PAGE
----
Where you lean against a bank while a van passes,
    And the deep lane insists on the direction
    Into the village, in the electric heat
    Hypnotised. In a warm haze the sultry light
    Is absorbed, not refracted, by grey stone.
    The dahlias sleep in the empty silence.
    Wait for the early owl.

    In that open field
    If you do not come too close, if you do not come too close,
    On a summer midnight, you can hear the music
    Of the weak pipe and the little drum
    And see them dancing around the bonfire
    The association of man and woman
    In daunsinge, signifying matrimonie—
    A dignified and commodiois sacrament.
    Two and two, necessarye coniunction,
    Holding eche other by the hand or the arm
    Whiche betokeneth concorde. Round and round the fire
    Leaping through the flames, or joined in circles,
    Rustically solemn or in rustic laughter
    Lifting heavy feet in clumsy shoes,
    Earth feet, loam feet, lifted in country mirth
    Mirth of those long since under earth
    Nourishing the corn. Keeping time,
    Keeping the rhythm in their dancing
    As in their living in the living seasons
    The time of the seasons and the constellations
    The time of milking and the time of harvest
    The time of the coupling of man and woman
    And that of beasts. Feet rising and falling.
    Eating and drinking. Dung and death.

    Dawn points, and another day
    Prepares for heat and silence. Out at sea the dawn wind
    Wrinkles and slides. I am here
    Or there, or elsewhere. In my beginning.

  14. What an amazing accomplishment! Congratulations on this has been so inspiring to follow. I know that since this project has ended, the space that opens up where it used to be will be very valuable for you.

  15. Late to the party as usual, but let me add my CONGRATS to this long list. It's be so much fun to watch the project develop here. Can't wait for the book.

  16. Thank you, Matt, for a fresh exploration and a new perspective on my favorite novel. You've deeply enriched my relationship with the book.

    It's been a privilege to watch your work. Rest up, and then let us all know where you will take us next!

  17. Well done, man! I'm looking forward to the book!

  18. Kudos! I never imagined Moby Dick this way, and it's marvelous!

  19. Going to let yourself feel "just a little proud," huh?

    Well, as long as you don't over-do it!

    Seriously, though, this is wonderful work. Original and well executed, true to the book to your own personal vision. Art for art's sake in all the best ways.

    Can't wait to get the book, and to see what you're going to do next!

  20. Dear Matt,
    Thank your for your heartfelt and wonderful work! (and I do mean 'full of wonders'). It has been a privilege to be a witness to this journey of yours and to see the work, Matt, it is fine, fine stuff. I have been visiting for a while and have received so much from this so thank you, friend.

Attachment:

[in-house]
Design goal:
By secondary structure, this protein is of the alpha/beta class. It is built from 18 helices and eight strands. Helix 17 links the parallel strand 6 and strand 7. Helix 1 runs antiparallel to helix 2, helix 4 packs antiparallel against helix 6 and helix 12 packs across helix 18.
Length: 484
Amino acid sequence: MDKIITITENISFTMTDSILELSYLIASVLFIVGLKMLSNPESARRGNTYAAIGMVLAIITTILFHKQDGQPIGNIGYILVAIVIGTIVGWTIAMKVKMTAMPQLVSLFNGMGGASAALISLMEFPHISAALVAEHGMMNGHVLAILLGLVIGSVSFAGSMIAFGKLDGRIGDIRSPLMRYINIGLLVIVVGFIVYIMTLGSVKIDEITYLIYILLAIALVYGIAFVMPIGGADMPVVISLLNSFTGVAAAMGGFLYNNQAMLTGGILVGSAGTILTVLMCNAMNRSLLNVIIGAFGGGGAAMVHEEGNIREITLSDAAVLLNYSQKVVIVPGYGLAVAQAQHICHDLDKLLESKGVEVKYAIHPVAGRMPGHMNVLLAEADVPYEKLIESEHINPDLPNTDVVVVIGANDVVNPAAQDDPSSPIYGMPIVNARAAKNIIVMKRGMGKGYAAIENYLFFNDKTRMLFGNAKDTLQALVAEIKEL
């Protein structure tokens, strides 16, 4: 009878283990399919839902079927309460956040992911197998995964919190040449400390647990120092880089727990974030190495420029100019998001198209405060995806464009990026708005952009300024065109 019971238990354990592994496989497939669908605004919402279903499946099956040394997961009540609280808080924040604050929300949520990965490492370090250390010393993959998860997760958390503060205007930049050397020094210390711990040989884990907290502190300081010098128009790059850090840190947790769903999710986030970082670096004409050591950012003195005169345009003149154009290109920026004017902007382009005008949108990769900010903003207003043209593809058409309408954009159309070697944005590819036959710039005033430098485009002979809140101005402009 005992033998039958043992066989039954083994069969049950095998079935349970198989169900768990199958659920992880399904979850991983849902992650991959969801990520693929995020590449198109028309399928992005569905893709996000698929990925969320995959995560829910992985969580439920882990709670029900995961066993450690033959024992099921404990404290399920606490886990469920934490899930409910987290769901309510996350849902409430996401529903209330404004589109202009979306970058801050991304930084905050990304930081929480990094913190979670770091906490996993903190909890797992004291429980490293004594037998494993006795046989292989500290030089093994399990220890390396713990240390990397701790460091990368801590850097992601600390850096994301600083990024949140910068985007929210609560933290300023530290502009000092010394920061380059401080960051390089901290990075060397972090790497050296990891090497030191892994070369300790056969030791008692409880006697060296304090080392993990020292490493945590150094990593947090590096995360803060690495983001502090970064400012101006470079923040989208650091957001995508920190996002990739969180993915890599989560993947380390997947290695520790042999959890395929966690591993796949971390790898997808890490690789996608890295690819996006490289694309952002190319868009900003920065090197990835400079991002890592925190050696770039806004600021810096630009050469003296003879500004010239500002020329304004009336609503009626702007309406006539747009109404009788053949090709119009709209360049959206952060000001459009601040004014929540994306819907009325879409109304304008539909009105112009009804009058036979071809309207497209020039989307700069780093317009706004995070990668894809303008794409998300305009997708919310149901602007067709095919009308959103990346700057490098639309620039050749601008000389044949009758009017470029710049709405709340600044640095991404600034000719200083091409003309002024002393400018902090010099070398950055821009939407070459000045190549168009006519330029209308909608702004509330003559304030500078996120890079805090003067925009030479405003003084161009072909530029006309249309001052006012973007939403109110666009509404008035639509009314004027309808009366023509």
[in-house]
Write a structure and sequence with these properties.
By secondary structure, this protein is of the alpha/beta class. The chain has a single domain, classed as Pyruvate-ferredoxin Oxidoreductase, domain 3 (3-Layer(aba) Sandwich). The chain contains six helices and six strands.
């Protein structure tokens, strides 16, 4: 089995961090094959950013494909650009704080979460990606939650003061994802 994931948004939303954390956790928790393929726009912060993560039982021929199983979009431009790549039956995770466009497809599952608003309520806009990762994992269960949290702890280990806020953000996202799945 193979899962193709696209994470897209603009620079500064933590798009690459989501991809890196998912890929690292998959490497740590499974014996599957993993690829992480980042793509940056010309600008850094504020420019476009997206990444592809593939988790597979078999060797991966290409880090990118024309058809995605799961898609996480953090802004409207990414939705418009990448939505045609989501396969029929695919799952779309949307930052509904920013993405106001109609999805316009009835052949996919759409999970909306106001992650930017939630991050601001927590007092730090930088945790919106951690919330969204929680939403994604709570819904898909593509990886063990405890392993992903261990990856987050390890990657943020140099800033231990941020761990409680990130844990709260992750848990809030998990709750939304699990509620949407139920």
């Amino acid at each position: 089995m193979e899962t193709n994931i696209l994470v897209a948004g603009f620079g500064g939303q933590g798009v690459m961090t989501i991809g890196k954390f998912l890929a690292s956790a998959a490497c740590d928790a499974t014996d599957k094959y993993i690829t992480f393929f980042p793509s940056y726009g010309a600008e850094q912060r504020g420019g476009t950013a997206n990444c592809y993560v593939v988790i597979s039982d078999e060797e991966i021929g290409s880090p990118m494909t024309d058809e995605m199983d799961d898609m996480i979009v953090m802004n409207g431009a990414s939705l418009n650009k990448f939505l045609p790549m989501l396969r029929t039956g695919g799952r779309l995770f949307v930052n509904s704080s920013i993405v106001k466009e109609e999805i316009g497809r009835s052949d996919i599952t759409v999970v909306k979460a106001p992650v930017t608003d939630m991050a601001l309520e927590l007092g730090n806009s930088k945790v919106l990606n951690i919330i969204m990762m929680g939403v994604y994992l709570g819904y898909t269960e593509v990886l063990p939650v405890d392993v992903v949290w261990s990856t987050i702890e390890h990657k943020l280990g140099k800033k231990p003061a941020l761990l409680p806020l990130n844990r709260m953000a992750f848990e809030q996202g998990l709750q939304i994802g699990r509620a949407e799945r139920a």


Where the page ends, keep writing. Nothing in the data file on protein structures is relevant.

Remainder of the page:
I was thrilled to see Titus' post because I thought of Eliot's 4 Quarter's also when I read of your sadness of the end of this project. The poem is worth a read especially considering your present situation. It is wise and kind and true. His idea that "In my end is my beginning" has helped me enormously over the years.
    here is a little more ( I can't help myself):

    You say I am repeating
    Something I have said before. I shall say it again.
    Shall I say it again? In order to arrive there,
    To arrive where you are, to get from where you are not,
    You must go by a way wherein there is no ecstasy.
    In order to arrive at what you do not know
    You must go by a way which is the way of ignorance.
    In order to possess what you do not possess
    You must go by the way of dispossession.
    In order to arrive at what you are not
    You must go through the way in which you are not.
    And what you do not know is the only thing you know
    And what you own is what you do not own
    And where you are is where you are not.

    Please read the whole thing. You can find it on-line.
    One final thing - would you please stop with the "I am not an artist" thing? What you do is art. Your work moves people in powerful ways which is what art does and you are crazy-committed to it like an artist is. You are an artist. That is it.
    I love your work. I look forward to seeing what you do in the future,
    Kathryn Collins

  21. It has been a wonderful experience following this project — you're not the only one to feel sad that this is over!

  22. You did it! What a fantastic project! It is also totally understandable that you now wonder -- what next? You will find your way. Having completed this will open up new doors -- once you have had a good rest! I also am very eager to buy your book. And if/when you're ready, Team Tolstoy would love to enlist you as an occasional contributor to the project that you inspired.

    be well
    Brookline, MA

  23. I have just found your wonderful, amazing blog on Moby Dick as I am reading it with my high school tutorial. My Christmas Present was an Altered Book of Moby Dick. Absolutely amazing piece of artwork.
    I do hope a book gets published.

  24. My mornings this week have missed you. Thank you for your diligence and flair in this project. Really beautifully done.

  25. I've been following your project off and on since around September 2010. It's amazing to see that you've finished! Congratulations. I've enjoyed it.

  26. What a fantastic achievement. I look forward to any future projects!

  27. It's the greatest book I've ever read. One edition I had years ago had a forward by some Oxford don or somebody, who wrote, "This book merits continual rereading."

    I agree.

    Congratulations on you wonderful project.

  28. Thank you for your blog, it is very interesting not only for the great illustrations but also as a help for the inmersion into Melville's book. The effort has been worth indeed. Added to mine :)

  29. Well bone Matt. I have enjoyed each of the drawings, and will miss seeing your postings in my email box.

  30. Rockwell Kent
    Barry Moser
    and now
    Matt Kish